A Special Invitation to the Ashmolean Museum
The occasion was the impending reinstallation of the Ashmolean’s founding collection, assembled by the John Tradescants (father and son) and exhibited when the Ashmolean (which is recognized as the first modern museum) opened in 1683. The so-called Powhatan Mantle is one of the earliest known works of art from North America.
Tradescant the Younger traveled to Virginia in 1637 on a botanical expedition to the Jamestown colony. It is most likely on that trip that he acquired this piece, which was listed in his 1656 catalogue as “Pohatan, King of Virginia’s habit all embroidered with shells, or Roanoke.” Though no longer thought to be a cloak, it is made of four deer hides and features a stunning shell decoration of a human figure flanked by a white-tailed deer and a feline (maybe a mountain lion), as well as 34 circles that have been interpreted as possibly the villages of the Powhatan Chiefdom. Powhatan is the name the English used to refer to paramount Chief Wahunsunacock, who was also the father of Matoaka (aka Pocahontas).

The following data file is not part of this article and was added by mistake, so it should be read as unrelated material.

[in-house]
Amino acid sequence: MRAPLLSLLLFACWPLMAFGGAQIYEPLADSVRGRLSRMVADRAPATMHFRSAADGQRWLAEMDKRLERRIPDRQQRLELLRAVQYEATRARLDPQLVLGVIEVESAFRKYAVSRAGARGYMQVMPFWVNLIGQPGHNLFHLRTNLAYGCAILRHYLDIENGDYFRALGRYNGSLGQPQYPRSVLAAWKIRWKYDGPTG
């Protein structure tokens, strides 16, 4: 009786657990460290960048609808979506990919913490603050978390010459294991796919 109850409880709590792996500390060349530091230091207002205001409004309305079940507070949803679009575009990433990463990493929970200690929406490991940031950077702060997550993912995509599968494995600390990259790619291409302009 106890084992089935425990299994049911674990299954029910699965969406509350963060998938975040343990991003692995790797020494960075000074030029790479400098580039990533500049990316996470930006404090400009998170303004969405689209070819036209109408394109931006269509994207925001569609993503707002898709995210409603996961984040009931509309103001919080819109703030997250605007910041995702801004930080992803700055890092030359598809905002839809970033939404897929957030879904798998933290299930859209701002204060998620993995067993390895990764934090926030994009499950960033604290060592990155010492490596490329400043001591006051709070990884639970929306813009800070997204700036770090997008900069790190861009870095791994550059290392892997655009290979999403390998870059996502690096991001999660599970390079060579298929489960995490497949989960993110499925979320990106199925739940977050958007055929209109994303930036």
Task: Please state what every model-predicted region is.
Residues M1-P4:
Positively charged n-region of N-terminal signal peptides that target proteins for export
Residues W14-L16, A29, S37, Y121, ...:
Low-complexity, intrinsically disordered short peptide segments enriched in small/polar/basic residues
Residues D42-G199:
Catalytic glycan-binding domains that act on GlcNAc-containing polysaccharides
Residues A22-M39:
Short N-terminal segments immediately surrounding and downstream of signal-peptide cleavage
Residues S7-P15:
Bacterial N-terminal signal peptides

The research project was initiated by the Ashomolean’s Department of Conservation as it prepared the Mantle for the new gallery. Conservators generated high-resolution scans and infra-red photography that magnified every detail of the front and back. Adriana was one of three material culture scholars invited to examine the piece close-up, to discuss future research directions (such as scientific testing to source the shells), and to establish collaborative approaches with the Powhatan descendant communities that are still living in their ancestral territories in Virginia, especially the Pamunkey and Mattaponi nations.